Ringing in the New Year with White Mischief

Palm trees obscuring our killer view of the backwaters behind our beach house

It’s close to 7am on New Year’s Day and we’re reluctantly waking up, thanks in equal parts to our intention of exploring the Keralan backwaters this morning, as well as to the bird symphony that seems to be taking place right in our room. In general, the group has been early to bed and early to rise, and New Year’s Eve was no exception – we shut it down before 2am! Must be the heat.

This year’s New Year’s Eve was decidedly different than our last ones in Norfolk, Connecticut (2010), NYC (2009), and L’Orignal (2008). A rainy afternoon brought the nerdiest among us on a visit to the Hill Palace Museum, about an hour away by Ambassador taxi in Tripunithura. The Hill Palace Museum was the home of the Cochin Royal Family until 1980, and consists of a stunning series of buildings surrounded by ornate gardens and filled with the King’s astounding collection of treasures. Our faithful and often unintentionally hilarious cook Sajimon told us a riveting but sometimes incomprehensible tale about his great-grandfather actually being the King of Cochin, and that someone (who exactly is unclear) murdered him and his wife, leaving his grandfather an impoverished orphan. He feels the treasures on display at the museum are actually his family’s pillaged assets. We were horrified but decided to go ahead with the educational trip anyway, promising to spit in every room we entered. (Of course, we didn’t really, but Sajimon seemed so pleased that we didn’t have the heart to tell him we were kidding.)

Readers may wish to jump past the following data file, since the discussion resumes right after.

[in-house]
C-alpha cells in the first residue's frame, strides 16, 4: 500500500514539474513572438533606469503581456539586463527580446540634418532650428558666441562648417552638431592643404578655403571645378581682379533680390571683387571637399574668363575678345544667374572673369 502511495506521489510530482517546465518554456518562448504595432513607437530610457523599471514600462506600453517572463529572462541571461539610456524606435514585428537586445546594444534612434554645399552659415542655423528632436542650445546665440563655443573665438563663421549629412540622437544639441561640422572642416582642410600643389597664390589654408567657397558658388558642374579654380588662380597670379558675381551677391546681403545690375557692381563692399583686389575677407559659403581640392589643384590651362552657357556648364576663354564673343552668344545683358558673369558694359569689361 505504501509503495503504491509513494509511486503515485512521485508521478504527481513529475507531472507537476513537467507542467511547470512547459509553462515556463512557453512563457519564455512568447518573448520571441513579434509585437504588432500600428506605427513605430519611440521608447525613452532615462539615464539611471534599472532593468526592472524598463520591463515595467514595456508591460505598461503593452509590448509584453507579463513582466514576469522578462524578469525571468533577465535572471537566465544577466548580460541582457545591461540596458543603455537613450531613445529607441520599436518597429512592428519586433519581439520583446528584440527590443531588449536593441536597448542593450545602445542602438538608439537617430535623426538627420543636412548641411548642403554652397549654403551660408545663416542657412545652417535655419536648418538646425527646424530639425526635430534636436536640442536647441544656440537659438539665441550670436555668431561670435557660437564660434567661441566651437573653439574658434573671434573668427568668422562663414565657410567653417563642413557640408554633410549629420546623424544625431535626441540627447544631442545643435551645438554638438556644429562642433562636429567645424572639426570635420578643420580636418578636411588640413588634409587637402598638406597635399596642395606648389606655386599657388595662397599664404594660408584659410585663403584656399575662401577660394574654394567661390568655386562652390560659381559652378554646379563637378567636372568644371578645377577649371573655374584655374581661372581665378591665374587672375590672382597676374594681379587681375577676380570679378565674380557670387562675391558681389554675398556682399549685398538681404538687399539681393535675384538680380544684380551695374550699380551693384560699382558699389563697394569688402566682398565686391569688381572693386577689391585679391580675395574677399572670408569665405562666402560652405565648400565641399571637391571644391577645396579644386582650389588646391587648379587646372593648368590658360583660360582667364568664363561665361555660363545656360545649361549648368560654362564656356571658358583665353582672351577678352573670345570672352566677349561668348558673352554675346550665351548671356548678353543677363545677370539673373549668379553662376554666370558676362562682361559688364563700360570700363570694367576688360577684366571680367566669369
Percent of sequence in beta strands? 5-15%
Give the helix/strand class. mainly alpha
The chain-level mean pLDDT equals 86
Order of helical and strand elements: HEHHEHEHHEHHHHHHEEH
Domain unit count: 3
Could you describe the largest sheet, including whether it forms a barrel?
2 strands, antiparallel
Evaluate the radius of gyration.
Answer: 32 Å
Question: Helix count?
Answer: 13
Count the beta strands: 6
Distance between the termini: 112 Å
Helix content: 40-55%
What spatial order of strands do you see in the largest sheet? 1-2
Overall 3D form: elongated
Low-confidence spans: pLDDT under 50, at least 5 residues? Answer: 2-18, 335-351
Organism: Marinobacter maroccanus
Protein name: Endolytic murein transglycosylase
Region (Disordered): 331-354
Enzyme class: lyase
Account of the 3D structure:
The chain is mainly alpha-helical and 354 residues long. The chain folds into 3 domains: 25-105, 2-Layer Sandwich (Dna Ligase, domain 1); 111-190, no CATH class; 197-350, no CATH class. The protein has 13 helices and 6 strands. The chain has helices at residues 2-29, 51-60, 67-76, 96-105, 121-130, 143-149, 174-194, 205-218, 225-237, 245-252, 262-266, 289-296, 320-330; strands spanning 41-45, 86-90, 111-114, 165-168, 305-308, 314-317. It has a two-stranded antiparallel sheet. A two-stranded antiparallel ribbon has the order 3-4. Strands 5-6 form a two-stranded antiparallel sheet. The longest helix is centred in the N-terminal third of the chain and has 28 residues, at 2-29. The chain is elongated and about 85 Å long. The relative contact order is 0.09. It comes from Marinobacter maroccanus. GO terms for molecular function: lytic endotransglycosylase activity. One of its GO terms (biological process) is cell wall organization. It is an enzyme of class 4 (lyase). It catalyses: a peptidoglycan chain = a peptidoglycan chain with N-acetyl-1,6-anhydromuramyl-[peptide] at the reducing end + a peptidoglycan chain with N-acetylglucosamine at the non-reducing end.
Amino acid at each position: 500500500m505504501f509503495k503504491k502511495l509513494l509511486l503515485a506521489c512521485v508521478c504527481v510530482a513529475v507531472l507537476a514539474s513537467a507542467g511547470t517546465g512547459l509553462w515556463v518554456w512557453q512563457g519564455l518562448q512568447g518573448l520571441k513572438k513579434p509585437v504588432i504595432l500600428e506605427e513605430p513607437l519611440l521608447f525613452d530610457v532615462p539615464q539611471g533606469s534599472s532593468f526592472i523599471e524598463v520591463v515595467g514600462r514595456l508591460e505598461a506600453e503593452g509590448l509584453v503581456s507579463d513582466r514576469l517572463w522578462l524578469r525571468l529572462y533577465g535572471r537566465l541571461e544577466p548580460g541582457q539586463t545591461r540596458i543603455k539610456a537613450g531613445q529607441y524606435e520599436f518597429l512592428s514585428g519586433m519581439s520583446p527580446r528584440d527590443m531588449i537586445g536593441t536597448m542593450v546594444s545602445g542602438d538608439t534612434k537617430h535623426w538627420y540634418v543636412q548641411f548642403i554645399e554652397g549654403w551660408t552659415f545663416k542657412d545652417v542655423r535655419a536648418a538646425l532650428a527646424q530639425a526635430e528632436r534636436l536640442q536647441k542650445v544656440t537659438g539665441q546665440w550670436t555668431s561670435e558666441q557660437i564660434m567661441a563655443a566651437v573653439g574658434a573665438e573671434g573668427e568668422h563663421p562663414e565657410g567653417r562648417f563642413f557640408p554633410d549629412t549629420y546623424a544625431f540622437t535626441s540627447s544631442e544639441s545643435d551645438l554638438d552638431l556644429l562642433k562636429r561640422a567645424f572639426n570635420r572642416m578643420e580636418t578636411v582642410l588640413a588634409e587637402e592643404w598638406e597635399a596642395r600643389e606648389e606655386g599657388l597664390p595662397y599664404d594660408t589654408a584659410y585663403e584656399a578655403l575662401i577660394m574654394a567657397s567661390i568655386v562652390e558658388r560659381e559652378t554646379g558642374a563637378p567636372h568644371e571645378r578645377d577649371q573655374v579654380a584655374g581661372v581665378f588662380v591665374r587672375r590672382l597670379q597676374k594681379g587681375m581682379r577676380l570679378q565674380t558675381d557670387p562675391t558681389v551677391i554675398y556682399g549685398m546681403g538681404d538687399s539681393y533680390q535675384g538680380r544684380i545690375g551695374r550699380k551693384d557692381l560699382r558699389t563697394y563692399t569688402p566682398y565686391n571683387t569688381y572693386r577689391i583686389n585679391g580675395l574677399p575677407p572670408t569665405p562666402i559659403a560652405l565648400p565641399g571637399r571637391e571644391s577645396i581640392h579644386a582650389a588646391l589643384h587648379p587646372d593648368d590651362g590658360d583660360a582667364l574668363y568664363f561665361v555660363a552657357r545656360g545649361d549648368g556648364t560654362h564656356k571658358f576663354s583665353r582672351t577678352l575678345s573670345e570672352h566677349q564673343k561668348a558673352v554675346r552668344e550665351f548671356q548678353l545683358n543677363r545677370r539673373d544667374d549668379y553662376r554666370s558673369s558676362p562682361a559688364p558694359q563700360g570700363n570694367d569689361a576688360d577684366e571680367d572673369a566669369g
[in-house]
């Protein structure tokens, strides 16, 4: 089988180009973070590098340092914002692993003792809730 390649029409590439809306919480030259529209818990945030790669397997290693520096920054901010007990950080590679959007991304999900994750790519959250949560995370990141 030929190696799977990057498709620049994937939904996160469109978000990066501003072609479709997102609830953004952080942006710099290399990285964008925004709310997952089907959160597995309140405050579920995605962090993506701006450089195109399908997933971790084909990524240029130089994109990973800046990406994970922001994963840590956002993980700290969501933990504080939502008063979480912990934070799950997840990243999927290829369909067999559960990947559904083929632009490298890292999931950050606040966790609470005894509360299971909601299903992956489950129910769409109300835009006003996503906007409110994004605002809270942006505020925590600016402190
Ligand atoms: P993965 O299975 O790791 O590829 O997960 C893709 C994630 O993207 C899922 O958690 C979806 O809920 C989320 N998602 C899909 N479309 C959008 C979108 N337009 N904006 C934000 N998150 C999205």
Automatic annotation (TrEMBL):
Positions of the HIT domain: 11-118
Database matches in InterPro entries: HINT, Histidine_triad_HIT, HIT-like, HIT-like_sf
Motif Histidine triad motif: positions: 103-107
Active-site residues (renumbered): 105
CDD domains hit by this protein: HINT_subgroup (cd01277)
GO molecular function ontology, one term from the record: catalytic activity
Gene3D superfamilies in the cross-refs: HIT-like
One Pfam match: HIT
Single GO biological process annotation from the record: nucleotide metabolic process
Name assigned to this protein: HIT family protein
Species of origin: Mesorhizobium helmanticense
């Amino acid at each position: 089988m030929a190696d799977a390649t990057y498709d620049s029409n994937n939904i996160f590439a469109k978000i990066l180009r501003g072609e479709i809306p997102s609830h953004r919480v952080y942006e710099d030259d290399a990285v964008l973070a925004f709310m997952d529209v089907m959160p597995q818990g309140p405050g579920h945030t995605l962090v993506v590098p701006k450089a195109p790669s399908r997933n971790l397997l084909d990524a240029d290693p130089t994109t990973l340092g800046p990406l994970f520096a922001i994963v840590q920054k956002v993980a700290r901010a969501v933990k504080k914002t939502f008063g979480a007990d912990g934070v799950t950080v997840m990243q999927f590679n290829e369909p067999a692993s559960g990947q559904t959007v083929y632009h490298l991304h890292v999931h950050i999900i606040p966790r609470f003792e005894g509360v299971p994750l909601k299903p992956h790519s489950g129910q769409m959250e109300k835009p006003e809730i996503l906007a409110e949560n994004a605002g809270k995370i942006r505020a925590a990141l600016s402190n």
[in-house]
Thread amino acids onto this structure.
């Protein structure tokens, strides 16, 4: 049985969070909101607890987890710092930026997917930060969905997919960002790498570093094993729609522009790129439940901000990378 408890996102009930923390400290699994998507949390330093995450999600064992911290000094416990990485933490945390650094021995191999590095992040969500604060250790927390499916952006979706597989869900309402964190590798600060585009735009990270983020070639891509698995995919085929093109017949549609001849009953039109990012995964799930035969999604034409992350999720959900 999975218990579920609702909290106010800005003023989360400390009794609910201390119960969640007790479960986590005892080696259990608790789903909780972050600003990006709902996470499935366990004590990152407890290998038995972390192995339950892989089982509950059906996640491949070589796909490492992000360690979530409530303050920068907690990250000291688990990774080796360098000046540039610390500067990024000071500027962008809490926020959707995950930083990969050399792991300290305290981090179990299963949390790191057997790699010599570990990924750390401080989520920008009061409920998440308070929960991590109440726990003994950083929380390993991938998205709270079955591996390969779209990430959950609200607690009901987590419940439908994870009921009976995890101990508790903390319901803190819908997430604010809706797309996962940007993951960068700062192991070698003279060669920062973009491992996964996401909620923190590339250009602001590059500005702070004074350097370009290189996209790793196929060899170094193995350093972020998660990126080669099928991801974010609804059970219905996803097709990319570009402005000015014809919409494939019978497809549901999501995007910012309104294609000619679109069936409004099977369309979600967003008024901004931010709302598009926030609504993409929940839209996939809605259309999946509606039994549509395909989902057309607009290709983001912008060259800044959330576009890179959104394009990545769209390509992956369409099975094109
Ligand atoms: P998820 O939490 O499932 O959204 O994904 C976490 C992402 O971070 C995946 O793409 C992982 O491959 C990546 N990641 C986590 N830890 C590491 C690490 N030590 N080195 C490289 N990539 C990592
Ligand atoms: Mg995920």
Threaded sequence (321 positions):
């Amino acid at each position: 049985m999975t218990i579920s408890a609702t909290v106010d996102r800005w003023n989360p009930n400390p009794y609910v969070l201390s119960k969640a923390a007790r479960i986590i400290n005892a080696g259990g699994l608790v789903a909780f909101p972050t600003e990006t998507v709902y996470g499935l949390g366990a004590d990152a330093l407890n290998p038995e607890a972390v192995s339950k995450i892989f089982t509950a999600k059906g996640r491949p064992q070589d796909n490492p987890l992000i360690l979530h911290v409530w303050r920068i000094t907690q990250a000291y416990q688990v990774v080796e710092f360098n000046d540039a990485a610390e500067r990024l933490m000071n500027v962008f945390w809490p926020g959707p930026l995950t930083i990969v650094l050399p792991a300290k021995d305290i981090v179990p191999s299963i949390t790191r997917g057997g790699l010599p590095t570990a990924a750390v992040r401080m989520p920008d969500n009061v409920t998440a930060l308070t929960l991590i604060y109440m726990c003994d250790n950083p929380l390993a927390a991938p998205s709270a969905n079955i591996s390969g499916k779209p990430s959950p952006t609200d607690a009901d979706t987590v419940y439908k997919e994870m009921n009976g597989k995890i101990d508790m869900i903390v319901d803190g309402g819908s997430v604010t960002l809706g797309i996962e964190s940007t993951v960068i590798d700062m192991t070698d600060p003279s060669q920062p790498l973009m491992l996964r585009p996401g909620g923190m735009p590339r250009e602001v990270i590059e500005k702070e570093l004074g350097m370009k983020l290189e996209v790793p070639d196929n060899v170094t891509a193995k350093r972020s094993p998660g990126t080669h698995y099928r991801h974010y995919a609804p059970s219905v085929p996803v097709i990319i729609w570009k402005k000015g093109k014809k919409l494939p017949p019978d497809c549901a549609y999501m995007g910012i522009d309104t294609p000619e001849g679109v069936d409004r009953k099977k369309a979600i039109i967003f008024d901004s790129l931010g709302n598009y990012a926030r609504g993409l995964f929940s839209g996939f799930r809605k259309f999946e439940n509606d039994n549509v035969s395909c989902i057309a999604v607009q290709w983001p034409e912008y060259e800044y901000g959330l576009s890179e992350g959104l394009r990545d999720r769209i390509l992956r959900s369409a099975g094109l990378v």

Sajimon

The museum’s collections were fascinating – particularly the King’s collection of sceptres, horse ornaments, and weapons – and an element of adventure was added as we tried to get photos (highly illegal) of the confiscated loot for Sajimon. When we walked into a room containing paintings of the King, we agreed he bore an uncanny resemblance to our gregarious cook!

On our way out, we were shyly accosted by a small family of 58, each of whom wanted to get their photo taken with Riccardo. Relishing his newfound celebrity status, he bore the intrusion gracefully and posed amiably for each one.

Riccardo with his new friends, who broke into beaming smiles just after this photo was snapped

For 20 rupees you can bring a camera into the museum. For a mere 1480 rupees more, you can bring your video camera!

In the evening, our entire ragtag group assembled for a New Year’s feast prepared by, apparently, a descendant of royalty. Some of the gang elected to do the countdown at 10pm in order to retire early (!), but the more hardcore among us stayed up for the real thing. A bottle of Amrut (Indian-produced whiskey amazingly NOT widely available in India) was opened, as well as one of White Mischief (a vile brandy purchased in jest at the local liquor store), among many others. We welcomed 2012 on the upper verandah with Bevan, Eliza, Rick Tran, Annie, Connor, Eric, and Sajimon, accompanied by U2 on YouTube and impassioned shouts of “HAPPPEEE-NEWYEAR!” from drunk kids passing on mopeds below.

HAPPPEEE-NEWYEAR to you all as well!

Cigars, Indian whiskey, and the sound of waves crashing on Kuzhupilly Beach... what more can one ask for to ring in the new year?

There's no doubt about it, White Mischief tastes as vile as you'd expect.

Fun fact - Amrut is an Indian-produced whiskey, but it's not widely available in India.

New Year's feast, Kerala style

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